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CFP:  “Muslims and the City” (29 September: Boston)

Papers are being sought for  “Muslims and the City,” a panel at the Forty-sixth Annual Conference of the North American Association of Islamic and Muslim Studies (NAAIMS), co-sponsored by the Islamic Civilizations and Societies Program, Boston College, Chestnut Hill, MA, on Friday, 29 September, 2017.

Abstracts: March 20, 2017
Final Papers: August 25, 2017
The spread of Islam from its advent in the 7th century had an irreversible impact on the development of the city throughout the Muslim world from the Arabian Peninsula to Asia, Africa and Southern Europe. Since Islam covers religious, social, economic and legal aspects of life, the logic behind the design of the traditional Islamic city was influenced by Qur’anic principles. These principles highlighted religious practices, Shari’ah (Islamic law), social principles, and the science behind natural universal laws. Since an integral part of the teachings of Islam include the concepts of authority, family structures and community relations, and social organizations, the traditional Islamic city reflected the socioeconomic and religious needs of the Muslim community. During medieval times, the mosque, for example, became the single most important institution in the traditional Islamic city. The schools (madrasas) which provided religious instruction about Islam and the Qur’an were built in the courtyard next to the mosque, and the markets (suqs) which were bustling with trade provided the backdrop to an urban religion. The call to prayer (adhan) and Friday prayers (Juma’a) provided the component parts which further reinforced the development of an Islamic city. Inscriptions of Qur’anic verses became the main motif in architectural design on mosques, fountains, and madrasas in early Islamic towns because Qur’anic calligraphy reflected the living philosophy of Islam. The design and layout of the city (7th century - 13th centuries) also assumed a functional role for physical defense during times of unrest, and environmental conditions, not only religious practices. For example, public fountains were found everywhere due to communal worship for performing ritual ablutions (wudu), and relieving heat due to weather conditions. Fountains in gardens, courtyards, town squares and even on the facades of Mosques also exemplified the central role water played in the construction of early Islamic cities in hot climates from the Arabian Peninsula to the Maghreb (Tunis and Rabat) and southern Europe (Cordoba in Muslim Spain). How might a “traditional” Islamic city function in today’s digital age and address issues from natural and social science perspectives? Can it be instrumental in addressing the socio-economic and cultural identity crises in the modern Muslim world of the 21st century? What role can Islamic ideals of the “city” play in addressing the destruction brought on by wars? We invite a diverse range of papers from professors and advanced Ph.D. candidates in the humanities and social sciences. Questions the papers might address include, but are not limited to the following:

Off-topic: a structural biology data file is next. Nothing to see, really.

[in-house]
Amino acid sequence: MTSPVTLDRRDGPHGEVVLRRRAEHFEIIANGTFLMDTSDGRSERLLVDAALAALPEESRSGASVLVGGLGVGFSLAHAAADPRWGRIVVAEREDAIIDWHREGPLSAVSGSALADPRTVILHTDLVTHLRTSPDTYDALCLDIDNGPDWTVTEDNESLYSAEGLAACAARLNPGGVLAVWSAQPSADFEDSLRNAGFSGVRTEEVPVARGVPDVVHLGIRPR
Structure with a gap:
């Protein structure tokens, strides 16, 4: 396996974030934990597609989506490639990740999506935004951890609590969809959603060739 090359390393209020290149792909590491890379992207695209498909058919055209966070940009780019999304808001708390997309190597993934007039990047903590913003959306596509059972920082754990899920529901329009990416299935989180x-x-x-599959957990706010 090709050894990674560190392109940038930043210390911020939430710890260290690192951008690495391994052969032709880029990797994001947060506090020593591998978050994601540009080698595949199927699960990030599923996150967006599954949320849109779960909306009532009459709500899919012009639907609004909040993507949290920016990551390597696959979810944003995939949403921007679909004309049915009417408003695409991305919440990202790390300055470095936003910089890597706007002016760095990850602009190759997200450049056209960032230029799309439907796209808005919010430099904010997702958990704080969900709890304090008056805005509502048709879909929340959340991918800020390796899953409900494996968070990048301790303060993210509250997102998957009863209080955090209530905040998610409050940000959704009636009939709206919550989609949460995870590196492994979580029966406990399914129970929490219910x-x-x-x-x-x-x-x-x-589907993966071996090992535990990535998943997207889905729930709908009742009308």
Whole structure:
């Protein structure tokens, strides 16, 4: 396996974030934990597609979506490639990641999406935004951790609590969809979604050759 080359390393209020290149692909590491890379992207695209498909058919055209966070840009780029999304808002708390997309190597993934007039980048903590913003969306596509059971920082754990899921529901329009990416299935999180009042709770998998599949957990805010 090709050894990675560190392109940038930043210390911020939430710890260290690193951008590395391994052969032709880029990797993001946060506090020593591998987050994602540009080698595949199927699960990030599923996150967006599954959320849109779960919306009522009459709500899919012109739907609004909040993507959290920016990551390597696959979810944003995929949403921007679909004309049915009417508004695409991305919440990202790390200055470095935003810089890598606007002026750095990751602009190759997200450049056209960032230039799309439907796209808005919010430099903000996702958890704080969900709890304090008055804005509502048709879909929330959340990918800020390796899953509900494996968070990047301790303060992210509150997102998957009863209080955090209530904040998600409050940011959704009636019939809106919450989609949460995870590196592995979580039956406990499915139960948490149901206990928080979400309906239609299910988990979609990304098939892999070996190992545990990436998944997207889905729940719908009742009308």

Art and Architecture
Calligraphy and Qur’anic Inscriptions on Buildings
Social Hierarchies
The Virtuous City
Interrelations between Communities
Physical Design and Defense
The Impact of Political Motives on the Virtuous City
The Islamic Golden Age: Contributions to the West
Early Islamic City Design Principles vs Modern Islamic Design
Modern Urban Development and Social Identity Crisis
Early Shura (consultative) Political Power System vs Ottoman Empire: Impact on Traditional Islamic City Design
Modern Urban Development Strategy and the Islamic City
Role of Architectural Design in Modern Islamic Cities
Environmental Concerns
Ethics of Deconstruction and Reconstruction
Islamic Support for Green Cities
Preservation of Heritage
Abstracts (250 words) Due by March 20, 2017: ONLY Abstracts from Professors and Advanced Ph.D. Candidates will be considered
Abstracts will be evaluated according to following criteria: clear data & methodology used, relevance & contribution of proposal to conference theme. Abstracts must include a title, author’s full name, contact information, and university position (Professor or Ph.D. Candidate)
Panelists required to pre-register & pay non-refundable fees by May 12, 2017. Online registration will be available
Final papers must be submitted by August 25, 2017
Send abstracts & final papers to Layla Sein, NAAIMS Executive Director, and Director of Academic Affairs at
Direct all questions to Layla Sein
Program Chair: Prof. Kathleen Bailey, Boston College, Chestnut Hill, MA

Source: H-Islamart

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